The details of the opening stages of the 2019 Giro d’Italia will be unveiled in Bologna on Monday, with the race expected to begin with an uphill prologue time trial to the Santuario della Madonna di San Luca which overlooks the city.
RCS Sport announced last week that the presentation of the Grande Partenza will take place in Bologna on September 24, a tacit confirmation of recent reports that the Giro will start from the city in 2019. Bologna previously hosted the Grande Partenza in 1994, when Endrio Leoni won the morning road stage and the late Armand De Las Cuevas won a short afternoon time trial.
Tuttobiciweb has reported that the 2019 Giro will start on Saturday, May 11 with a 5km time trial from the centre of Bologna to the top of the portico-lined climb to the Santuario della Madonna di San Luca. The 2km ascent, known as the Colle della Guardia, has an average gradient of 11% and a maximum of 18%. The climb is well-known from the finale of the Giro dell'Emilia and is likely to provoke some significant gaps on the opening day of the corsa rosa.
Two road stages centred around the Emilia-Romagna region will follow, though the precise details will not be confirmed until Monday. One hypothesis, again reported by Tuttobiciweb, suggests that stage 2 will begin in the Tuscan village of Vinci to mark the 500th anniversary of Leonardo da Vinci’s death.
The stage is expected to finish in Ravenna and so cross the Apennine hills, while stage 3, rumoured to be from Ravenna to Modena, would offer early opportunity for the sprinters.
Matera, which will be European Capital of Culture in 2020, had previously been touted as the possible site of the Grande Partenza, but the southern city’s candidacy lost momentum when some local politicians were among those placed under arrest during a probe into the Basilicata region’s health system.
Like last year, the full Giro d'Italia route is unlikely to announced until November, though some details of the percorso have been reported in the Italian press in recent weeks. As 2019 marks the 100th anniversary of the birth of Fausto Coppi, it seems certain that the Giro d'Italia will honour Il Campionissimo.
A stage from Cuneo to Pinerolo is expected to feature on the course, most likely on the penultimate weekend of the race, with RCS Sport hoping to bring the gruppo over over the Maddalena, Vars, Izoard, Montginevro and Sestriere as a way of commemorating Coppi’s solo victory on the 1949 Giro. The centenary edition of the Giro d'Italia in 2009 had a nod to that feat with a stage that started in Cuneo and finished in Pinerolo, though the route did not cross into France and did not include the Maddalena, Vars and Izoard.
La Stampa reported earlier this month that the Giro will further honour Coppi on the day after the Cuneo-Pinerolo stage, with a stage to Novi Ligure, site of the Museo di Campionissimi that recounts the careers of Coppi and Costante Girardengo. It is also understood that the Museo dei Campionissimi is also seeking to host the presentation of the full Giro d'Italia route this winter.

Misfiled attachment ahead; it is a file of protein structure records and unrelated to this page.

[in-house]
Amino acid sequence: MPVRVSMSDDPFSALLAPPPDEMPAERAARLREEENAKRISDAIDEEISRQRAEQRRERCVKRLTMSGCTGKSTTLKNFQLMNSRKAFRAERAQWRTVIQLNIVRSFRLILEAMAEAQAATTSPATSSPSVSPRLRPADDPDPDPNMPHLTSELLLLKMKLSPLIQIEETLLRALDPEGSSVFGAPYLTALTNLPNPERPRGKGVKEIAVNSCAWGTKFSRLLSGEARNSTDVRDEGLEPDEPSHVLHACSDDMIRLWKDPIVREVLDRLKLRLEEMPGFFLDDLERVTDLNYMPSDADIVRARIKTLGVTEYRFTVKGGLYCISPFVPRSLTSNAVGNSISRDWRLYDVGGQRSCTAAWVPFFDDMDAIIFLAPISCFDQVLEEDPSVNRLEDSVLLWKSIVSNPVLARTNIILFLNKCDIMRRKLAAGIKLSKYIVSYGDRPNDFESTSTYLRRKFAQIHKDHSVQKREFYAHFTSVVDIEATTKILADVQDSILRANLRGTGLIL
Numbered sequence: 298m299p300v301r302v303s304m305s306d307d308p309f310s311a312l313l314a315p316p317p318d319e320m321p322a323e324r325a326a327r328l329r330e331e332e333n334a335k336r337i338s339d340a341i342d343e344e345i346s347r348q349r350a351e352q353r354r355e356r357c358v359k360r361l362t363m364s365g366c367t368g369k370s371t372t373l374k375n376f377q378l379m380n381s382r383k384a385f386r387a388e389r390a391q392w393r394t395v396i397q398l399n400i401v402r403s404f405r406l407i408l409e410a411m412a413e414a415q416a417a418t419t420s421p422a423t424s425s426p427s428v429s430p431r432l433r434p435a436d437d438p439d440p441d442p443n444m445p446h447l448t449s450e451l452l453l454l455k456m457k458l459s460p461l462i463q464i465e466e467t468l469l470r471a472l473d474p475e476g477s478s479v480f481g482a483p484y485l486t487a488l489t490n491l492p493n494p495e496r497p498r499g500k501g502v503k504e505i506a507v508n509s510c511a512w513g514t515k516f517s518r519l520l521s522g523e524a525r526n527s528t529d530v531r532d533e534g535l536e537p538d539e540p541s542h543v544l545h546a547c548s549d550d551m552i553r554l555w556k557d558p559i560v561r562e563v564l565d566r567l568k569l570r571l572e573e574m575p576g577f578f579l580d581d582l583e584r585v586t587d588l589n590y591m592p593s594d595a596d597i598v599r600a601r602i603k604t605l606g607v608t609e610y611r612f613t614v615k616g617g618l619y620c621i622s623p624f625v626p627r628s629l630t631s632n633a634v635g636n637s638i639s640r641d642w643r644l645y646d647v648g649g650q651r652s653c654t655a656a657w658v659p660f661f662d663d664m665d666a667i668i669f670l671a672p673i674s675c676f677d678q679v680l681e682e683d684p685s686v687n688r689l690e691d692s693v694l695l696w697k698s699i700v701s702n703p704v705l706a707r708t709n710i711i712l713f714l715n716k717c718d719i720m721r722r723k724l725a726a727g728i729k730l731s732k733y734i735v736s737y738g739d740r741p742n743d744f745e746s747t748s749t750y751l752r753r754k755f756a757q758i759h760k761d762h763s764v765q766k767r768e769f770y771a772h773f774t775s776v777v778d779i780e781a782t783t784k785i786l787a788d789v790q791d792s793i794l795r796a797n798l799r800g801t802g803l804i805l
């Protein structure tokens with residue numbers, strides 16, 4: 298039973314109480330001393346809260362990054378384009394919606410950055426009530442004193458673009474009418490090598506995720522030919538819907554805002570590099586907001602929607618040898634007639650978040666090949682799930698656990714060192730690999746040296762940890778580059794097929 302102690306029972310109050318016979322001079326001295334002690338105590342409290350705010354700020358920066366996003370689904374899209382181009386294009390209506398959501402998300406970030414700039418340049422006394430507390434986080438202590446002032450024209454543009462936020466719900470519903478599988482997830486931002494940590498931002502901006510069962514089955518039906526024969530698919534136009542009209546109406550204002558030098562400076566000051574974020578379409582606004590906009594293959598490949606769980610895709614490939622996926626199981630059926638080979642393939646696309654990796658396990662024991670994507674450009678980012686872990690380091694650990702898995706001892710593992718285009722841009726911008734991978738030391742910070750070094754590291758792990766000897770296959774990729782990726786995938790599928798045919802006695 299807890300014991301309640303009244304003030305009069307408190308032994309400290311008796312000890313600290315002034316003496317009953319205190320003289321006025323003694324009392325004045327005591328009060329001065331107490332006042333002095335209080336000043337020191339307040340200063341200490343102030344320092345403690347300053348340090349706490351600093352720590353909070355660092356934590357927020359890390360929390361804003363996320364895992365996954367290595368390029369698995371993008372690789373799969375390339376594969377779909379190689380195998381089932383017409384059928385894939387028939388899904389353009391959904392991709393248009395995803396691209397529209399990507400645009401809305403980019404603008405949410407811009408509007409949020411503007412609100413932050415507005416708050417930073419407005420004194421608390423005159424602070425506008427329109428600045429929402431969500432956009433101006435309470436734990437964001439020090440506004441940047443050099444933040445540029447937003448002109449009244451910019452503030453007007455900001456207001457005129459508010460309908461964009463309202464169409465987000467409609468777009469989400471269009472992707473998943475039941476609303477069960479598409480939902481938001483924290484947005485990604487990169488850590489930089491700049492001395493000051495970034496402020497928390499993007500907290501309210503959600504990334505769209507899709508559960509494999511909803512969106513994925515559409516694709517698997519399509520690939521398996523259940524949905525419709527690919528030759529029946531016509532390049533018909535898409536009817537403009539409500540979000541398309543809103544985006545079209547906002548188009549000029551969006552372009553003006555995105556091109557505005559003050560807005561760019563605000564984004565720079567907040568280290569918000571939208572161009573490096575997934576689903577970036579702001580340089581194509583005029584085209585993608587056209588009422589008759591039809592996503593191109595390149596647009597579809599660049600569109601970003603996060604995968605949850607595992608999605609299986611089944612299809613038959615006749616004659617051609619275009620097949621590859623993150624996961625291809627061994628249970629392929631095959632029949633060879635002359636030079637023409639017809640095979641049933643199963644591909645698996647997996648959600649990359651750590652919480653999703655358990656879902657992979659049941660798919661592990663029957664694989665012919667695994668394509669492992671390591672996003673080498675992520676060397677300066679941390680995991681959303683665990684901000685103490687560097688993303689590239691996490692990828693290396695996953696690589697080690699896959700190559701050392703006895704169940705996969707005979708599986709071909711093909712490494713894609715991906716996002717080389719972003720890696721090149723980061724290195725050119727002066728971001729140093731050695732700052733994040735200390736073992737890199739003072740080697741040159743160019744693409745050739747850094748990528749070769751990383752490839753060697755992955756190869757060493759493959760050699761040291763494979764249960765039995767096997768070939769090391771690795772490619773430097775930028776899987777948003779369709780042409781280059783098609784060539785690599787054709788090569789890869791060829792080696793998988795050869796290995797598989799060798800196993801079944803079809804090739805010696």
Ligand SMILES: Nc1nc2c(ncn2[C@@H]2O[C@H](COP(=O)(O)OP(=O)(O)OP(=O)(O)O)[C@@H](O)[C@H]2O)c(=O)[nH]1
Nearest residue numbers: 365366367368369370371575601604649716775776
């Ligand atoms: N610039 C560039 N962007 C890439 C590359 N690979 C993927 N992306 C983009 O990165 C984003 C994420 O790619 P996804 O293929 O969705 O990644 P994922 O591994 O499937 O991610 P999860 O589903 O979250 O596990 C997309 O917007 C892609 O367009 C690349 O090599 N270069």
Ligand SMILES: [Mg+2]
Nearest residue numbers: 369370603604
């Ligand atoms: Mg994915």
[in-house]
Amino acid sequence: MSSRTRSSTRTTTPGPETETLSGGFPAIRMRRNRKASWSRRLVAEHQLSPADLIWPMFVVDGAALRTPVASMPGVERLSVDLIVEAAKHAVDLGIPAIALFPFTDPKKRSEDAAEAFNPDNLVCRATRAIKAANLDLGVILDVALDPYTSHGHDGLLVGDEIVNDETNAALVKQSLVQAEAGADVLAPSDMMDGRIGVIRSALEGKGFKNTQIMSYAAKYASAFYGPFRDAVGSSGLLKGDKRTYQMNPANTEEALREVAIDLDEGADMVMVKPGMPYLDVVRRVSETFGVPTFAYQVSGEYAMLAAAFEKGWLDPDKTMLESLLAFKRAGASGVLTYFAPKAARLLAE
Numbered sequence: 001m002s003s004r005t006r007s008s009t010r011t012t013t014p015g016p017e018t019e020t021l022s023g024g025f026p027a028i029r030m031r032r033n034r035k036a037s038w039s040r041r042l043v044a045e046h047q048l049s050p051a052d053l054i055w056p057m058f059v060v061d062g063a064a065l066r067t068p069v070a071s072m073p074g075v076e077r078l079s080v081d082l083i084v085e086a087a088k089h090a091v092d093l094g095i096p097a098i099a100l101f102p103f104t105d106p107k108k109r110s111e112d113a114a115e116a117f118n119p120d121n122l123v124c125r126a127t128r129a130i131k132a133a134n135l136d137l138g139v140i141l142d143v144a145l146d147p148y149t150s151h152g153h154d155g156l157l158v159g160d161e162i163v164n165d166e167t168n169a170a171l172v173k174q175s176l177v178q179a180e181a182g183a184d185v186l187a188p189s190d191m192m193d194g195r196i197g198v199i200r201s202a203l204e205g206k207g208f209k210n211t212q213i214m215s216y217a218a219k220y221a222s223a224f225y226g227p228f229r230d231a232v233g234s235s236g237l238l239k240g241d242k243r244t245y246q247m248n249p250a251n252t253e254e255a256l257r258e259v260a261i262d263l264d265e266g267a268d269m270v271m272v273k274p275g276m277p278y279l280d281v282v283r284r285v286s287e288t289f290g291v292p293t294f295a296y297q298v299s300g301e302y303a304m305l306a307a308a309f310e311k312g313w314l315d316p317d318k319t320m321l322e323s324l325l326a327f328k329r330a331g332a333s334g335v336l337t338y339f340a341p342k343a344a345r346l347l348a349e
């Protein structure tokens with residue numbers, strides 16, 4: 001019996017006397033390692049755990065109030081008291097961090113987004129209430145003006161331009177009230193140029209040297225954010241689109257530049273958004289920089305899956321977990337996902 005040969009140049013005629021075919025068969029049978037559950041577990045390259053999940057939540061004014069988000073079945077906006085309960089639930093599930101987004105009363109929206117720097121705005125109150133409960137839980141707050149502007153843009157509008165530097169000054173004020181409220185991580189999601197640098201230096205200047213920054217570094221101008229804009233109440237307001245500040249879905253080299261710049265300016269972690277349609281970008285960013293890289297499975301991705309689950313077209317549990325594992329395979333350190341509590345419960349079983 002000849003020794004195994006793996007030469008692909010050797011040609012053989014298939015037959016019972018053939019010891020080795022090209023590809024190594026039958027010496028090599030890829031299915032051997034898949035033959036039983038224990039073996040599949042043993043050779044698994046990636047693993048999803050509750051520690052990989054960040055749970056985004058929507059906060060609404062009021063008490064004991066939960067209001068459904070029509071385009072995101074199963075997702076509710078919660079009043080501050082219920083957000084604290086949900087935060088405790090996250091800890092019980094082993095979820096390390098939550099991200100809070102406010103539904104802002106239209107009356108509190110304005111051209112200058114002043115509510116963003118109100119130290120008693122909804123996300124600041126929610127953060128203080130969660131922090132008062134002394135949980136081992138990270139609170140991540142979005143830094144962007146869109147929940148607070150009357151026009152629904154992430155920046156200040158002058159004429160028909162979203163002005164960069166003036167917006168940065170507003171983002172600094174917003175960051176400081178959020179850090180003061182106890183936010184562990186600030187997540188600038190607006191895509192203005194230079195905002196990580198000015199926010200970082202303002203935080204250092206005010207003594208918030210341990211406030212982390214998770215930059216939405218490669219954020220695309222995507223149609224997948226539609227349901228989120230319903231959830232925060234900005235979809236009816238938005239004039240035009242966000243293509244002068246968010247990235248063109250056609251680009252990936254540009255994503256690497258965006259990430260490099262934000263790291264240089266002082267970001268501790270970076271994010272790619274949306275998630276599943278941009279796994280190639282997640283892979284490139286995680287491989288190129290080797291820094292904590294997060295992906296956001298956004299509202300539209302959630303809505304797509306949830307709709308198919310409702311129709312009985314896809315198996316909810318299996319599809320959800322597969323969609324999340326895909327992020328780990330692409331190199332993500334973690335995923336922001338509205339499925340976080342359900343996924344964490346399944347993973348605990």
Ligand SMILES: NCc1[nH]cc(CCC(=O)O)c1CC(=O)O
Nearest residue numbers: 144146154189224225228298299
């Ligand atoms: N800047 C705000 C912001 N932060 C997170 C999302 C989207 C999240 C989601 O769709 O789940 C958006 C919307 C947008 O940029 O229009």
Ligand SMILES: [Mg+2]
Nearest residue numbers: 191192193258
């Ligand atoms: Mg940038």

The Giro’s weekend in honour of Coppi will come after the race has visited southern and central Italy before travelling back northwards along the Adriatic coast. Among the rumoured stages along the way is a time trial from Riccione to San Marino, a near replica of the stage that saw Roberto Visentini briefly divest Stephen Roche of the maglia rosa at the 1987 Giro.
Several hypotheses have been floated for the make-up of the final week of the 2019 Giro d'Italia but the one certainty is that it will, as per tradition, be mountainous in the extreme.
Early in the summer, Tre Cime di Lavaredo was heavily rumoured to be a stage finish in 2019, though Corriere della Alpi noted earlier this month that in the meantime there has been no confirmation of that finish, adding pointedly that it “comes to be proposed as a probable stage every year.”
Rather more certain, however, is the likelihood that the Giro will finish in Verona on Sunday, June 2, news reported by L’Arena in August. As in 1984 and 2010, an individual time trial finishing inside the city’s Roman amphitheatre is a strong possibility.
The Giro’s final mountain stage will take place the preceding day, with Corriere delle Alpi reporting that it will start and finish in Feltre, taking in a route that largely replicates that of the Gran Fondo Sportful, which marks its 25th edition in 2019. The 200km stage 20 would thus feature four mountain passes – the Cima Campo, Passo Manghen, Passo Rolle and Croce d’Aune – before a rapid drop to the finish in Feltre.
Giornale Trentino, meanwhile, has reported that stage 19 of the Giro will feature a summit finish at San Martino di Castrozza, where Danilo Di Luca was first across the line on the race’s last visit in 2009, though the win was later awarded to Stefano Garzelli following Di Luca’s positive test for CERA. The climb also featured in 1982, when Vicente Belda – later manager of the Kelme team – was the winner.
For now, of course, rumours of the Giro’s decisive mountain stages remain just that, but in Bologna on Monday afternoon, the first act of the corsa rosa will be outlined in full.
At this early juncture, it is unclear which of the peloton's principal Grand Tour riders will be on the start line on May 11 next, though RCS Sport received an early boost last weekend when Vuelta a Espana winner Simon Yates (Mitchelton-Scott) expressed his desire to return to the Giro in 2019. The Briton led the Giro d'Italia for two weeks this year before losing the maglia rosa on the road to Bardonecchia on stage 19.